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Best skill to have in a post apocalyptic world?

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posted on Sep, 17 2008 @ 05:14 PM
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A Forge Owner Operator. With a wife who has a loom and an organic farm. Oh and Martial arts...




Whiskey by the barrel




posted on Sep, 17 2008 @ 05:49 PM
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OK, you folks have some great answers....

I think I'd like to change my original answer.

To rule this new world I would like to be:

A brew master, and be an expert at using duct tape.



posted on Sep, 18 2008 @ 01:38 PM
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Common sense
Ability to make Gunpowder and the means to use it.
Basic medical ability.
Various self defense basics and shooting skills.
Some archery/staff and spear work.
Basic electrical engineering.
Hydrogen peroxide and alcohol creation skill.
Basic psycology and human nature knowledge.
Body language interpretation skills.
Corrective lense and optics creation ability.
Basic Metalurgy.


[edit on 18-9-2008 by Nobody Special]



posted on Sep, 18 2008 @ 01:45 PM
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A really good sense of humor.



posted on Sep, 18 2008 @ 01:59 PM
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I'd have to add boomerang skills too.
Being able to hit a doormouse at thirty paces.

Personally, still having trouble with the 'door' part.



posted on Sep, 18 2008 @ 02:13 PM
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Havent seen this one posted here, and its definately on the top of my list. The ability to teach. Not just others, but yourself as well. In a post WW3 there will be scores of people scattered around with a compendum of information. The ability to harness that and use it for yourself, and the ability for todays survivalists to pass on what we know to those who dont, will go a long way towards a better and stable environment for all.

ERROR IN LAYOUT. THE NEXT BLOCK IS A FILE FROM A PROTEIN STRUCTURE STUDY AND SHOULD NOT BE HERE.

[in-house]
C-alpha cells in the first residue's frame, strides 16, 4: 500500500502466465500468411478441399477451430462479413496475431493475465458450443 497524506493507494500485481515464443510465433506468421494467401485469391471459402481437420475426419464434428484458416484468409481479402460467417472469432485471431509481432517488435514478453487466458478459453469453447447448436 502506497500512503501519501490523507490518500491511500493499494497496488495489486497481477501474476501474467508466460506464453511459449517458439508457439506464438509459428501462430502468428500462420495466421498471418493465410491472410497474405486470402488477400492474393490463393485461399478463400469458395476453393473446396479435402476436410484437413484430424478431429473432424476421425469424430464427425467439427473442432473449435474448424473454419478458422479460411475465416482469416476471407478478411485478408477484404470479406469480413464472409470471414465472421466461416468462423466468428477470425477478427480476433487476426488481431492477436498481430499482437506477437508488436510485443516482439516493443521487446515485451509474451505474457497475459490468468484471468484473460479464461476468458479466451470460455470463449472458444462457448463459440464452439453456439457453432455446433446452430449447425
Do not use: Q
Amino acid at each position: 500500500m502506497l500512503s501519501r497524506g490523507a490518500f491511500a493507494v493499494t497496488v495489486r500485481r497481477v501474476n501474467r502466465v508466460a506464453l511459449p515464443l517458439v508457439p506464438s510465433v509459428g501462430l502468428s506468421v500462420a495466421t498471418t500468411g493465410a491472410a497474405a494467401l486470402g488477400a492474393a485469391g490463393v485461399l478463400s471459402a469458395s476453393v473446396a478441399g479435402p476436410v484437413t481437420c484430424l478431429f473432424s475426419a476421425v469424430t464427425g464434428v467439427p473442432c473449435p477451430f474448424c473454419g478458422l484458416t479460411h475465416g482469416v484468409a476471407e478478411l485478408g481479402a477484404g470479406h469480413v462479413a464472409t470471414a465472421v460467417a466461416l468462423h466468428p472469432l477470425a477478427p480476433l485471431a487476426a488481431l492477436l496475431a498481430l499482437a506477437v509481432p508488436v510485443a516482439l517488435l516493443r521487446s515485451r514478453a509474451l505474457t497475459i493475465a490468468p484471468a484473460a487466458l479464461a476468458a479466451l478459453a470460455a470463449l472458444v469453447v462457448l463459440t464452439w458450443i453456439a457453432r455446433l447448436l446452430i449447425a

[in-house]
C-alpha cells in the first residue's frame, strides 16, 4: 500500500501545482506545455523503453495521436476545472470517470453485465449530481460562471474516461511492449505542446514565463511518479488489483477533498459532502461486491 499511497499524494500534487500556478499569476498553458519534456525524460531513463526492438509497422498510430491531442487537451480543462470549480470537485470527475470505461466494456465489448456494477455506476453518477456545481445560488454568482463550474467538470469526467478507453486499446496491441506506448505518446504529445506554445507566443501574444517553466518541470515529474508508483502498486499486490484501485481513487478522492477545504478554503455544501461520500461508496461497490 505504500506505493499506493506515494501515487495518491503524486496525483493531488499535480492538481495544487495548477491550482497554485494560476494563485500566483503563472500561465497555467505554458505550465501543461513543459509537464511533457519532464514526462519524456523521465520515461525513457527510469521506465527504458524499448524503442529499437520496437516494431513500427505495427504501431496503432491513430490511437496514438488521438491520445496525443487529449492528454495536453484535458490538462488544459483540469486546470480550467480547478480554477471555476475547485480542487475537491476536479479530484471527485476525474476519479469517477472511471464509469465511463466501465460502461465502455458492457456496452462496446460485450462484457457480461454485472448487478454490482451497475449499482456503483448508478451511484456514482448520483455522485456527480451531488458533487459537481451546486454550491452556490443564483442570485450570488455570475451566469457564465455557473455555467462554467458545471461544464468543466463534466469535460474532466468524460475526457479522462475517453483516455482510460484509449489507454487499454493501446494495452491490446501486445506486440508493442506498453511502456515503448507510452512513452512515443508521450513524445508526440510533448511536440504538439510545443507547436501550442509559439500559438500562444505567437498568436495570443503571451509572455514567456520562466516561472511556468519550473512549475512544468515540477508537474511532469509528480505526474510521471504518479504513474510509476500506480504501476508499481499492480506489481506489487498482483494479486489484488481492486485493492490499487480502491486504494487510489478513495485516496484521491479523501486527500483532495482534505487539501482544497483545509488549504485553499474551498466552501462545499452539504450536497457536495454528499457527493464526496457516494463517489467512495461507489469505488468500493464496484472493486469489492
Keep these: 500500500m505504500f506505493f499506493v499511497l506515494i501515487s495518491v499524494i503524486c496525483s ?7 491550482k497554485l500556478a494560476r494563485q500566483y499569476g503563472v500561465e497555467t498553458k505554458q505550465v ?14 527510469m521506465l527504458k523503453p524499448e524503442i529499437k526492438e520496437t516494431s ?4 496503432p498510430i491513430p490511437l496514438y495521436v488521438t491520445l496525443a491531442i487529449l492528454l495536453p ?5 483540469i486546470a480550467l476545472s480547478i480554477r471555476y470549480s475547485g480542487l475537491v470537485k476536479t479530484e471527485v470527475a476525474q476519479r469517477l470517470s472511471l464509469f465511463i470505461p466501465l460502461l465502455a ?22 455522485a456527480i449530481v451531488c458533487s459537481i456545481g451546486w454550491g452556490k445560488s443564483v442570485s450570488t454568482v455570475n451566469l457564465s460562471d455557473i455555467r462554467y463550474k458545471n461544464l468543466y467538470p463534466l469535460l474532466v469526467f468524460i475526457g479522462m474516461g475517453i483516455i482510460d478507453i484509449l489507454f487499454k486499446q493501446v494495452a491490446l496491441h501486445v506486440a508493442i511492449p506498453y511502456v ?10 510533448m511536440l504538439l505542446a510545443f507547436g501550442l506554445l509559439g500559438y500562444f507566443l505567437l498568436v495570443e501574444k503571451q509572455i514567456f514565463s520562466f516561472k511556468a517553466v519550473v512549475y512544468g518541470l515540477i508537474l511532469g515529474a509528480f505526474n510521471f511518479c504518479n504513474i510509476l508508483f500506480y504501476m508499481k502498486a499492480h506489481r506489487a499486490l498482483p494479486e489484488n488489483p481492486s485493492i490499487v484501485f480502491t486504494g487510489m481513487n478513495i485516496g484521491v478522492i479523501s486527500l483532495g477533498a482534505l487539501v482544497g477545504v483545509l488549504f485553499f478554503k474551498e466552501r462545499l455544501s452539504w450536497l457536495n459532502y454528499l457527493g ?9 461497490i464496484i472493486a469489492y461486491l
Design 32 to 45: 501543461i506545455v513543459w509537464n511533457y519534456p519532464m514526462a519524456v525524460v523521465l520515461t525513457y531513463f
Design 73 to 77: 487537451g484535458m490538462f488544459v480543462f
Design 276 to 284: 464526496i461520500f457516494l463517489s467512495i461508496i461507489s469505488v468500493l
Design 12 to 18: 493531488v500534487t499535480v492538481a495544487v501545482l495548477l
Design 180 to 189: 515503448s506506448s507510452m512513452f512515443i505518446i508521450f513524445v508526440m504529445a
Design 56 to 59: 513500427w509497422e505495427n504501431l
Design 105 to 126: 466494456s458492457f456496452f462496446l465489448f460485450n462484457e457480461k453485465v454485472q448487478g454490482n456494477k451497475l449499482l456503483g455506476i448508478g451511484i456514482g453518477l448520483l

After that, brewmaster of course, who would want to ring in a new world while being sober?



posted on Sep, 18 2008 @ 03:02 PM
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I'd have to agree 100% there.

We would all have to be able to teach/explain and pass on skills learnt effectively and patiently.
Hopefully a little better than some of my old school teachers too.


Taking advantage of childrens natural curiosity and enthusiasm..NOT flattening it due to a pre-arranged schedule.

Brewmaster?? He/she would be revered as a Messiah in my books.


There are methods that can be learnt in the arts of distillery.. unfortunately,till the fall of 'civilisation' it can't be put into practise without unwanted *cough* 'attention'.



posted on Sep, 19 2008 @ 10:20 PM
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Teaching is a great one it will help you adapt but you just have to make sure you have something worthwhile to teach. If everyone is just struggling to get by people wont really be thinking of teaching their children math and all of those other subjects they will want useful skills. so teaching would have to be in conjunction with other important skills.